• The quote itself is implying that the person is being bossy, arrogant and condescending. Seriously, can you imagine anybody saying that nicely? I get someone talking to someone who's new and politely offering advice… especially if they actually ask permission first. Some people learn by doing more than by being told; gaming is less like spelling and more like an art form. You don't need someone sitting there going "Really? You want to use green? That's an awful idea." Even if they're right, you'll figure out on your own that it didn't work the way you wanted it to.

  3. “Do you really want to use that power? Right now? Don’t you think you might want to…”

    Yes just like you should not help your friends in any other situatuion you should never go, if you do like this in Excel you can optimize your rutine and save 50% of the time no sir, helping, nope, dont ever do it, if ppl dont fail because nobody helped em how should they ever improve…

    Are you serious ? do not help ? how did you get better at spelling? by no one correcting you ? how did you get better at chess by no one making suggestions to improve, and never ever discussing moves… ?

    being bossy about it, or arrogant, now that is something else !

  4. “Do you really want to use that power? Right now? Don’t you think you might want to…”

    Yes just like you should not help your friends in any other situatuion you should never go, if you do like this in Excel you can optimize your rutine and save 50% of the time no sir, helping, nope, dont ever do it, if ppl dont fail because nobody helped em how should they ever improve…

    Are you serious ? do not help ? how did you get better at spelling? by no one correcting you ? how did you get better at chess by no one making suggestions to improve, and never ever discussing moves… ?

    being bossy about it, or arrogant, now that is something else !

  5. “Do you really want to use that power? Right now? Don’t you think you might want to…”

    Yes just like you should not help your friends in any other situatuion you should never go, if you do like this in Excel you can optimize your rutine and save 50% of the time no sir, helping, nope, dont ever do it, if ppl dont fail because nobody helped em how should they ever improve…

    Are you serious ? do not help ? how did you get better at spelling? by no one correcting you ? how did you get better at chess by no one making suggestions to improve, and never ever discussing moves… ?

    being bossy about it, or arrogant, now that is something else !

  6. Several years ago during a 3E game, my friends were raving about EverQuest. I didn’t play EQ at the time. I picked up the game, started playing, and they quit shortly after that.

    While it’s hard sometimes, I always try to stop when I find myself breaking rule 3.

  7. Several years ago during a 3E game, my friends were raving about EverQuest. I didn’t play EQ at the time. I picked up the game, started playing, and they quit shortly after that.

    While it’s hard sometimes, I always try to stop when I find myself breaking rule 3.

  8. I was amazed to see that i was guilty of a few of those.To curb table talk, I try and invite my group out (or over to my house) for a meal before the game that way we can get the non-game talk out of our system.Great post. Keep up the great work.

  9. I was amazed to see that i was guilty of a few of those.To curb table talk, I try and invite my group out (or over to my house) for a meal before the game that way we can get the non-game talk out of our system.Great post. Keep up the great work.

  10. Whilst I agree with most of these, I have to disagree with two and four. There's no harm in pointing out potential mistakes to another player, especially if they're new to the game, and, really, do not be the weird voice guy. I have known the weird voice guy to break up long established gaming groups. It's difficult to roleplay when one of your party members is making you feel like you're trapped in a Monty Python skit.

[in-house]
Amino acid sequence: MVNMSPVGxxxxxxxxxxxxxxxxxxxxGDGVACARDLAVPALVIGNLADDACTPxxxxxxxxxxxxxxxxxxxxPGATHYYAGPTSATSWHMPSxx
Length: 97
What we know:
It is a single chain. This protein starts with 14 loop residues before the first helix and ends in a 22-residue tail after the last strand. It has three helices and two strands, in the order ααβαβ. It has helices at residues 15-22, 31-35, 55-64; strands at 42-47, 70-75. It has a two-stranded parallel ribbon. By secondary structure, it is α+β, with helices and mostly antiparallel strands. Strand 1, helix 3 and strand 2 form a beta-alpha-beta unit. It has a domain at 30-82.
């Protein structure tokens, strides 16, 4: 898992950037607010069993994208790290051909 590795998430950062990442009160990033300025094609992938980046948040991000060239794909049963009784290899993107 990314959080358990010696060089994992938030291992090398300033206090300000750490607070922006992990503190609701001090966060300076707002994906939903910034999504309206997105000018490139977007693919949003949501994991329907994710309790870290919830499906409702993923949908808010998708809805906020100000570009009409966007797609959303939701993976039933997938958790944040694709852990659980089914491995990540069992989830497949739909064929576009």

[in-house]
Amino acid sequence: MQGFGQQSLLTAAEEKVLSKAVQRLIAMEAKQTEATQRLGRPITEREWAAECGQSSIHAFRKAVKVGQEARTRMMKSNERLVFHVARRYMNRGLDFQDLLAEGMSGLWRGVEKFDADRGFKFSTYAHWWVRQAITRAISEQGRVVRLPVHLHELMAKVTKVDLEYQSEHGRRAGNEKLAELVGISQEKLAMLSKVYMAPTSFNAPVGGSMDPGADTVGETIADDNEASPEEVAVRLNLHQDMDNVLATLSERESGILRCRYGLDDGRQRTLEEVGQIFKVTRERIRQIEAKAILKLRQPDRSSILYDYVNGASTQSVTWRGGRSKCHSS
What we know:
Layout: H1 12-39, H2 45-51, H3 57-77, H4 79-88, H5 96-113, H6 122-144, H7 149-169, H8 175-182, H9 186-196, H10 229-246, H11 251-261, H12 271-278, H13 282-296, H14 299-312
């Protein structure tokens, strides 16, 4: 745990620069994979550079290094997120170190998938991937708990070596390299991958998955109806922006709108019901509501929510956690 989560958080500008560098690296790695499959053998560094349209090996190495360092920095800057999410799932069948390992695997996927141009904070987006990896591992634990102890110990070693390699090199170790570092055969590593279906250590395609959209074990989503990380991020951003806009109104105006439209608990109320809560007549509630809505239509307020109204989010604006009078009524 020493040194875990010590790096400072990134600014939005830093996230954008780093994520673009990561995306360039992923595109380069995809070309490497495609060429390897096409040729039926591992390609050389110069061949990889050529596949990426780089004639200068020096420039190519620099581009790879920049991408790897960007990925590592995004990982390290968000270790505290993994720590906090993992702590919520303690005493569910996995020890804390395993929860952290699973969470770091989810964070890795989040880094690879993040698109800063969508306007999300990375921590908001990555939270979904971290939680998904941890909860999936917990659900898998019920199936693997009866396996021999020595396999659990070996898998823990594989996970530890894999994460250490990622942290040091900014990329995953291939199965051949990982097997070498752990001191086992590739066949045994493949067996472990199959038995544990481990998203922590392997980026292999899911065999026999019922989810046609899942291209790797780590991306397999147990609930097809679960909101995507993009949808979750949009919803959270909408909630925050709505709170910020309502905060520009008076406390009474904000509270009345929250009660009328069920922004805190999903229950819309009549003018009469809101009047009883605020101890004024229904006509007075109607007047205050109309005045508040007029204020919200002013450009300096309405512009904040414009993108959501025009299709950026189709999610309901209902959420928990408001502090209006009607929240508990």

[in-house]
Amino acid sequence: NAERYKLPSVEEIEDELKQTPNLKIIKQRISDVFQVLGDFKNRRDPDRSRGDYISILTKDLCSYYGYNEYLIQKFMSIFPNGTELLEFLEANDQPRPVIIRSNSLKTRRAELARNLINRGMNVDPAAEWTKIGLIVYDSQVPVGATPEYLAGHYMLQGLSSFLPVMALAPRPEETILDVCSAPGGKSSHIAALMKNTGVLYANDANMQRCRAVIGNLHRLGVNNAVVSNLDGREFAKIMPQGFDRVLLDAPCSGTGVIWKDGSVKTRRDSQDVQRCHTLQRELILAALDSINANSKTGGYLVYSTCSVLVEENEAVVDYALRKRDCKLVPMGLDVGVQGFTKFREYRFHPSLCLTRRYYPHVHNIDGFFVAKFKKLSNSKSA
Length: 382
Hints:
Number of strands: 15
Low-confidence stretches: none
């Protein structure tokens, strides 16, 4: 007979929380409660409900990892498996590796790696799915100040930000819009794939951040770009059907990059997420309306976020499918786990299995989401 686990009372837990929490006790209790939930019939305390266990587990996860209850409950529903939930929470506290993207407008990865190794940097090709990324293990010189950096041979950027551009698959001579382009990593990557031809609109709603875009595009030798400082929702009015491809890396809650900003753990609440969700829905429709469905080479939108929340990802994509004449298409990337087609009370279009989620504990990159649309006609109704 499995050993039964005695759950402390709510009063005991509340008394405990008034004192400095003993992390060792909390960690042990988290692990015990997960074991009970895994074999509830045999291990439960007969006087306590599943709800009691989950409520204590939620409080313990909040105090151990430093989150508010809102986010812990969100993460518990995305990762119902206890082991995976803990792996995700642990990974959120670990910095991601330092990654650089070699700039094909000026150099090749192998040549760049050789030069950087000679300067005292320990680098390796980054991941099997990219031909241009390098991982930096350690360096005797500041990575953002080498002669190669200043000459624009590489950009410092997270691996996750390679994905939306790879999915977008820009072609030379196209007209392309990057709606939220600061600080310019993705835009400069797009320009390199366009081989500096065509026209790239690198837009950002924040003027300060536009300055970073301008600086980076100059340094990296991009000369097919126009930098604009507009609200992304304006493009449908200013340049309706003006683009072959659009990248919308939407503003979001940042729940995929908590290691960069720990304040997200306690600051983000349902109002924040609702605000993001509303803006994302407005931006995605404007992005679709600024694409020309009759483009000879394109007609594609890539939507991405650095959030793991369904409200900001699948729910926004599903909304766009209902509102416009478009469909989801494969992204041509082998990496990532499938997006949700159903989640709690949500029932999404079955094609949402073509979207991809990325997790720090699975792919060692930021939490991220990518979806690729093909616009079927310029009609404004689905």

• For the 'weird voice' types, it really depends on the group. I've seen games where -everyone- was fully into character, and it can be a lot of fun. But you should get the okay from your group before you start doing heavy accents and the like.

      • It also depends on the situation… I was playing D&D with a pain in the butt "rules lawyer" he would argue the rules even when it would go against the party… so as a not so subtle way of telling him to seek another gaming group and have a lot of fun doing it… the rest of us choose new characters that we knew would irritate him… My character was a flaming gay half-elf paladin, did I mention that he was extremely homophobic. We were kind of upset that it only took two gaming sessions for him to leave so we kept the characters for the next few years and had a great time trying to outdo each other in the "crazy voice" catagory

  11. I'm compelety new to D&D, been playing 3.5 with mates but only had a few sessions so far. There's a guy in my group that really annoys me, and he is well known for power gaming, I played Dark Heresy with him too a while back. He is constantly breaking these rules by being an attention seeker, his characters just take the piss and he's such a gloater it makes me want to be violent lol. Because I'm new to the game he continues to give me "advice" on what I should and shouldn't do, which sounds ok but he is really patronising all the time, and shouldn't it be the DM who does that? He is always talking over the DM as well and one day he was rolling badly and just sat sulking in the corner the whole game refusing to get involved properly. Grr it's so frustrating!

    • Either find something with a minor wish or if you are a mage and wish to invest the time, talk to the DM, say you want to use the wish(word carefully) or you wish to create an illusion that can be invoked by you upon signal. When you signal the DM, the guys character gains the illusion that he is an over the top transvestite. Save it for those moments when the "Drama" should be highest.

      Believe me, if he is as annoying to others and he is to you, the DM will go along with this and provide months of entertainment. You and the DM should come up with a new signal from session to session.

  12. I've had one character die because the DM got bent out of shape and used "slippery slope" arguments to try and convince me to never excuse my fumbling in game again. When another player heard the DM say "…you burning down the forest like that…", another player had their character flip out (a druid, go figure) and attack mine. The DM even gave me negatives to dodge and AC because I said I was tired from carousing.

    Yeah, I know, I was in an atrocious group, but I'm just saying it's not always good to toss in extra RP material when the DM and group are mainly roll-players instead of roleplayers. It was like something from KotDT.